Quote Originally Posted by JurisG View Post
    While I'm here - does anyone know if my boat has a bilge plug? I can't seem to find one.-Juris
    OFF TOPIC! Please Search and then ask in a proper thread or a new one. (BTW - please describe just what is a "bilge plug" when you do. )

  4. #319
    Join Date
    Sep 2001
    Location
    San Rafael, CA
    Posts
    3,549

    Draining keel

    "draining keel" are words the Search bar accepts.
    Whether it gets to what you want you still have to find it. b Sometimes frustrating.
    As I recall it, at least one owner installed a drain plug of some sort
    which he unscrewed to let the water out of the encapsulated keel when his boat was out of the water.
    Last edited by ebb; 04-10-2009 at 07:01 PM.

  5. #320
    Join Date
    Jan 2007
    Location
    Wilmington, NC
    Posts
    95

    Rudder Modis Operandi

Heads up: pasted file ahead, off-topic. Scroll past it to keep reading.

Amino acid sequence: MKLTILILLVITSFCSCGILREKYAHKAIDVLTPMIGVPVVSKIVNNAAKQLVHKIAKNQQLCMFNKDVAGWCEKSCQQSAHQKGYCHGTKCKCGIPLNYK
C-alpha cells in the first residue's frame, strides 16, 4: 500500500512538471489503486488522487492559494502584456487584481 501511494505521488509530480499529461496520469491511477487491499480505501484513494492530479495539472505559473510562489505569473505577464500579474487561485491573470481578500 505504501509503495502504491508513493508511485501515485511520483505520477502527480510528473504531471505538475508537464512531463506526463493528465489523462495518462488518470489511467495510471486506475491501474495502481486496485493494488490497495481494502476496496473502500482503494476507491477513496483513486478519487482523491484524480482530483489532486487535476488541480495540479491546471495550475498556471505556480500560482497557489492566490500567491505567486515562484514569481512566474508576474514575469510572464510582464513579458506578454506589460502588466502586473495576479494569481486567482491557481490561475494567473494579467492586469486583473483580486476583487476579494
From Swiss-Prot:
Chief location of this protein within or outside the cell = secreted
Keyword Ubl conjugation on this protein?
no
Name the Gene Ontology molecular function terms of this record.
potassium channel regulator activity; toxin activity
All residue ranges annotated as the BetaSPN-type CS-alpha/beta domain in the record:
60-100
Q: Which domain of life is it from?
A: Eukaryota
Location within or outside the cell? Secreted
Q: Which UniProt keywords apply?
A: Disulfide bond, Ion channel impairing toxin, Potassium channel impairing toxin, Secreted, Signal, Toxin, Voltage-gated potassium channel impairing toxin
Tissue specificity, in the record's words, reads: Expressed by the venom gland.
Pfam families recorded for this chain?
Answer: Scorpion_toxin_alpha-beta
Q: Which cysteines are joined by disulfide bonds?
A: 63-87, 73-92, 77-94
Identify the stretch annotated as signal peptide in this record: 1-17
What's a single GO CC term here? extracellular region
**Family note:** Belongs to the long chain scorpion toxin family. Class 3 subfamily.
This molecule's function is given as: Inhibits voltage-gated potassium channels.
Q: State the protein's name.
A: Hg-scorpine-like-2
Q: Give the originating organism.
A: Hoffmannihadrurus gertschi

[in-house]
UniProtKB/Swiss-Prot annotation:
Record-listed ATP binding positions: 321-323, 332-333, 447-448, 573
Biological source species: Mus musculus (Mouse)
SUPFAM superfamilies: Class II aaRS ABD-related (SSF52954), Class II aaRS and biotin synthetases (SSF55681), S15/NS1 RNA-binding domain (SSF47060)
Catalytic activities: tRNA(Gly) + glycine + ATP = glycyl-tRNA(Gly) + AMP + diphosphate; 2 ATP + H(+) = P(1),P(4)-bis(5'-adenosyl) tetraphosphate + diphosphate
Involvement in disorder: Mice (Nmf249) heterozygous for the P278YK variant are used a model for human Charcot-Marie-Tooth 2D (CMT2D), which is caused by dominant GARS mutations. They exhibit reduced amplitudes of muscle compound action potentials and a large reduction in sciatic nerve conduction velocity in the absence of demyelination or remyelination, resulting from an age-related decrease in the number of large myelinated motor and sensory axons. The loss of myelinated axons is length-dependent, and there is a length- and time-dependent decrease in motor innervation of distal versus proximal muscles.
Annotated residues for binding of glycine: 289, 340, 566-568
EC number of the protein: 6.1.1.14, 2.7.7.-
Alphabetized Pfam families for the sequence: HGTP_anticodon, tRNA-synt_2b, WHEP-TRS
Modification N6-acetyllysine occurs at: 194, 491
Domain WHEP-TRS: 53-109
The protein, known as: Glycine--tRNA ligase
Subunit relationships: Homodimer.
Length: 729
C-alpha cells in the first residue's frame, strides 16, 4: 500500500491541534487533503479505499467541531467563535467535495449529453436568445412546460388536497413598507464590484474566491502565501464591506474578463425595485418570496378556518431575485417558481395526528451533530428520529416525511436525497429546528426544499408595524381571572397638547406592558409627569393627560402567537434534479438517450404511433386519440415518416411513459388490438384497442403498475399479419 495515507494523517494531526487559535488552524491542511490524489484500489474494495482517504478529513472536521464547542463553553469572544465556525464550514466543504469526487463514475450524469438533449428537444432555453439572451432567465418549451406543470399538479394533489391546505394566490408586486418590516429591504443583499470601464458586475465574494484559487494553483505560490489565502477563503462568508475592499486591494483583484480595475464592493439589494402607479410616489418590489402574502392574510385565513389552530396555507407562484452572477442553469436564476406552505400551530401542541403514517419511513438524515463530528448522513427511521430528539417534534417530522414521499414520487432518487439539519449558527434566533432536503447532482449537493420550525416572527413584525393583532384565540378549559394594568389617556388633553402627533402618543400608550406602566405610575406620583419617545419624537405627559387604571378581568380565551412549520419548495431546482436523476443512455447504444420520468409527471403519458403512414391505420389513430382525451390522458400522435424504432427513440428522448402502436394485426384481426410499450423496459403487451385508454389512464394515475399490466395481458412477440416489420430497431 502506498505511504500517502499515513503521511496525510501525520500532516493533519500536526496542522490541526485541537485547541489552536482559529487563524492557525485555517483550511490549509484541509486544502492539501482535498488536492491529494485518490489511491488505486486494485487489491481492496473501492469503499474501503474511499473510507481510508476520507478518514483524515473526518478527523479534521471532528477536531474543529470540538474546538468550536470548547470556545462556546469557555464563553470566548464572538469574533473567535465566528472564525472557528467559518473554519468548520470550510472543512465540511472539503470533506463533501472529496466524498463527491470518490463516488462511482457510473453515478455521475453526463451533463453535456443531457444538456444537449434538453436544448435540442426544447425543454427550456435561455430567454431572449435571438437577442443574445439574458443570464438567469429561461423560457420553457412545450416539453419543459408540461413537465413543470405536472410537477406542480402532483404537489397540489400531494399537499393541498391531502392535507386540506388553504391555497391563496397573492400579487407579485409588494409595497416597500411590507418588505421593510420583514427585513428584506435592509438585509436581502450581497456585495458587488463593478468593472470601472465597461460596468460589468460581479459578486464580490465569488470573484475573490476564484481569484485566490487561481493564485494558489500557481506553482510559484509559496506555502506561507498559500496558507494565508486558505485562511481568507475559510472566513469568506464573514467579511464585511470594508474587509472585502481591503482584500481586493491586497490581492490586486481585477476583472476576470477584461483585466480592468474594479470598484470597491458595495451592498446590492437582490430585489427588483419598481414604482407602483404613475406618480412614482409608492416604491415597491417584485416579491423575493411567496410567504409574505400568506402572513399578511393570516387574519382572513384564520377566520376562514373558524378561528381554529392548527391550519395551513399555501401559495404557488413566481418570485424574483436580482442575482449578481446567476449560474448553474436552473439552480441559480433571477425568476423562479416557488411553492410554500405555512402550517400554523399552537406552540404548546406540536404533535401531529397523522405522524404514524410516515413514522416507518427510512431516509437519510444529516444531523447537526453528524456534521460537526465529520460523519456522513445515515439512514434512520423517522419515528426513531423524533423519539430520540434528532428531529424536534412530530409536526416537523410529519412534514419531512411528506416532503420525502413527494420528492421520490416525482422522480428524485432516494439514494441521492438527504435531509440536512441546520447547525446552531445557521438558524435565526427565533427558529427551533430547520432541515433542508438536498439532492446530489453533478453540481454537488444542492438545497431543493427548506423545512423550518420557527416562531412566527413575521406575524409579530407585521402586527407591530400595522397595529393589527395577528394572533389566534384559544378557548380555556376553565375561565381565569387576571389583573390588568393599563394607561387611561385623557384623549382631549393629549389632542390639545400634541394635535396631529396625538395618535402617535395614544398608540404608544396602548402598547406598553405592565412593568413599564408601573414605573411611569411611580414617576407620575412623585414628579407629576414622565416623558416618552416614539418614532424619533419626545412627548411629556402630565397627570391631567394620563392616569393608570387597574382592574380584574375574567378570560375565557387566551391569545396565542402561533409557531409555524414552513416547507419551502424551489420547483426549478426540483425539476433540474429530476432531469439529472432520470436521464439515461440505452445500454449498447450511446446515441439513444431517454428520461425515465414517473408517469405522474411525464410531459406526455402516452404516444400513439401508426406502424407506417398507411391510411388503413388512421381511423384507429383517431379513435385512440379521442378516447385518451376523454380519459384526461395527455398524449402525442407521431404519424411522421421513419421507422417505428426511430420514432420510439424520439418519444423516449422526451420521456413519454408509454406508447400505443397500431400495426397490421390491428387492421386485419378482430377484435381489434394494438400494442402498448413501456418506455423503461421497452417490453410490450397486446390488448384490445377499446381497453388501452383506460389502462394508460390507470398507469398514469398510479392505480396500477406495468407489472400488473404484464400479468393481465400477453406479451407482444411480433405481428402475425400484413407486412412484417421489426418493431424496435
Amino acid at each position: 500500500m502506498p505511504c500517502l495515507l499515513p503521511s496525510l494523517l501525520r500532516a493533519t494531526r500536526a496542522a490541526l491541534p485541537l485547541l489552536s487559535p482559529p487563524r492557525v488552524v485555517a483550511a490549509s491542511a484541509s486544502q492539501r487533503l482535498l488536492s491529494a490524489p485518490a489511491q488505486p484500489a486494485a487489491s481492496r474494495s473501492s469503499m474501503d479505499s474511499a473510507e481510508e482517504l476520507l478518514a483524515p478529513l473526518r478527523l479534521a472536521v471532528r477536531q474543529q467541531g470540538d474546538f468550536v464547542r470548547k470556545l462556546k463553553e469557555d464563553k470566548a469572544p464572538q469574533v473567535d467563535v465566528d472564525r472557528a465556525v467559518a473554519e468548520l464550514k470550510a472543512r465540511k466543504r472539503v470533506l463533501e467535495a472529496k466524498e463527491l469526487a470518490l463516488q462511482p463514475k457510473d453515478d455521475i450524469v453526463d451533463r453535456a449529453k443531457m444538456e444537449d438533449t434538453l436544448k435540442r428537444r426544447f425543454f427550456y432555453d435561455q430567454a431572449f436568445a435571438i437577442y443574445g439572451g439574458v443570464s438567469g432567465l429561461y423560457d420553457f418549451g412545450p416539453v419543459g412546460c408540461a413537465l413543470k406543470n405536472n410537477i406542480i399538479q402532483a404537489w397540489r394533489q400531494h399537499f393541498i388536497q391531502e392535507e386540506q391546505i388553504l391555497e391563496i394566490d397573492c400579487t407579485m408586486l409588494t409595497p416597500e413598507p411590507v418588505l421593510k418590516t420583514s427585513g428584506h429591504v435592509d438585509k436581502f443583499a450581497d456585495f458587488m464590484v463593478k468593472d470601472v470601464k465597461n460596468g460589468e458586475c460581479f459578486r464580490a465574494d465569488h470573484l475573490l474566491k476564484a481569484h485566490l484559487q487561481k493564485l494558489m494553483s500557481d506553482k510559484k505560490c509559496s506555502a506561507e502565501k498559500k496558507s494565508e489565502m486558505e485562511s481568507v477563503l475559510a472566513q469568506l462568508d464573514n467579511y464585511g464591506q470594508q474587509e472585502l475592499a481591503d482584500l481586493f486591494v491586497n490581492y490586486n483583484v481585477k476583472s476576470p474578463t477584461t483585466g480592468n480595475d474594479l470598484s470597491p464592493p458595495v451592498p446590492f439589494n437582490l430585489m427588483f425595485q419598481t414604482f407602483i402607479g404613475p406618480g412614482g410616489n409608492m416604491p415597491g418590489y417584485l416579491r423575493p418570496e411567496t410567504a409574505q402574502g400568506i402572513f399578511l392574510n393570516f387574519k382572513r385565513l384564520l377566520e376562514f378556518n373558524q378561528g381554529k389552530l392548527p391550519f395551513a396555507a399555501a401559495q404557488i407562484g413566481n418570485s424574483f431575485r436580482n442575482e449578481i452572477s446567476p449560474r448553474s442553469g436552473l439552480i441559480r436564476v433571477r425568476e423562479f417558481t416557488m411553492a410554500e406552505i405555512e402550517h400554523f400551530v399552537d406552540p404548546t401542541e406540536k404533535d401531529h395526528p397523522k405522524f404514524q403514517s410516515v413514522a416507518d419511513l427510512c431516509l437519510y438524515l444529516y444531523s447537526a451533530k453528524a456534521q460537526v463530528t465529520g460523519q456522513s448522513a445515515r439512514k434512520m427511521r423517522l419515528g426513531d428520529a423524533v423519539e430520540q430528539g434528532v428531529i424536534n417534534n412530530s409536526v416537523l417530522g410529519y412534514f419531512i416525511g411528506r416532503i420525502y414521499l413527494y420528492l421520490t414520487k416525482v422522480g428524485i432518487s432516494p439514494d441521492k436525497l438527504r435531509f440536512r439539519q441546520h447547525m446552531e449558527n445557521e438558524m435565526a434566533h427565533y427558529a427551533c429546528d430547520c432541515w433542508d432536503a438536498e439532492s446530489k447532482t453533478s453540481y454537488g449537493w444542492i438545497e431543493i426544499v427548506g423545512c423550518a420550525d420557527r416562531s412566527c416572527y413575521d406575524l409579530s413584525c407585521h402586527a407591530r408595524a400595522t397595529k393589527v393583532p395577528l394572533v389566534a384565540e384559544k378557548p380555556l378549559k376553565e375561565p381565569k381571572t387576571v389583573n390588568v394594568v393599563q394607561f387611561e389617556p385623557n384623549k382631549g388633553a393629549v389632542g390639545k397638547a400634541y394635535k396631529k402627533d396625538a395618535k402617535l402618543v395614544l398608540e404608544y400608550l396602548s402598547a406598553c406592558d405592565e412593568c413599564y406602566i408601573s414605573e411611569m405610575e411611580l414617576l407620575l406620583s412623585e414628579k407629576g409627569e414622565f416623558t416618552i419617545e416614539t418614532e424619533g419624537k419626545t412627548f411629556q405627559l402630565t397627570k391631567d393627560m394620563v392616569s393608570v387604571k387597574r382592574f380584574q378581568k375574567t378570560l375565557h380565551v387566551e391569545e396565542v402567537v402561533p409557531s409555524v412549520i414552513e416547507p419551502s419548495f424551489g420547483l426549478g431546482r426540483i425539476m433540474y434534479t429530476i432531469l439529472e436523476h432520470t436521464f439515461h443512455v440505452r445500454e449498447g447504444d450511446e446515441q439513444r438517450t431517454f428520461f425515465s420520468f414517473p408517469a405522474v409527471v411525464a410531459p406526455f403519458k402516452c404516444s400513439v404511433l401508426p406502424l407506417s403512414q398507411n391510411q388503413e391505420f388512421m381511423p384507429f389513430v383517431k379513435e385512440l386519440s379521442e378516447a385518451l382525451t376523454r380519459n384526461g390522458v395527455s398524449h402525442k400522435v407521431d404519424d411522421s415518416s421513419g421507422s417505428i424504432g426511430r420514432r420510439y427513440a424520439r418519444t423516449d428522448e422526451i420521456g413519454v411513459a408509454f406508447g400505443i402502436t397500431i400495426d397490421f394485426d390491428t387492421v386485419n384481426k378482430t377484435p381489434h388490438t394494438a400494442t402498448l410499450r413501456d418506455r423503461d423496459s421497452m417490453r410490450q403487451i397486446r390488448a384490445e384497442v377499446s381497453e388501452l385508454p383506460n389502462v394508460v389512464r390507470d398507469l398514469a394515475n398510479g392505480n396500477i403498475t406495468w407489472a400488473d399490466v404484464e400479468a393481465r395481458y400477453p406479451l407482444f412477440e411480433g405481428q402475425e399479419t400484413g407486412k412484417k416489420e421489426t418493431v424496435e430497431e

Here is what I did.

    Let the rudder dry out for a few days.

    Sanded in down to bare wood. Had to remove some of old rotten wood but was able to maintain the shape of the rudder. I also dug out some boring creatures. (By boring and do NOT mean not entertaining!).

    Along the trailing margin there are a series of lag screws that hold on that troublesome third plank. Dig out the boat paint until you can seat a slotted screw driver in there. Torque these babies down. This will snug things up.

    I think I also torqued the other fittings but don't remember the details. If you see a fastener and can tighten it up do so.

    Seal with a couple of coats of epoxy. Then fill in the missing bits with thickened. Sand this down all fair and smooth.

    Follows Bill's post about sealing up the rudder post and gungeon areas. I used Bill's protocol for my rebuild with just a few mods.

    Lay on 3-4 layer of glass. I used 4 x matt but if doing it again would start with a layer of biaxial.

    Sand it down, paint it with bottom paint and you should be good to go.

    Don't forget to order a new delrin rudder bearing from the Association (ebb had great o-rings he was generously sending out a few months back).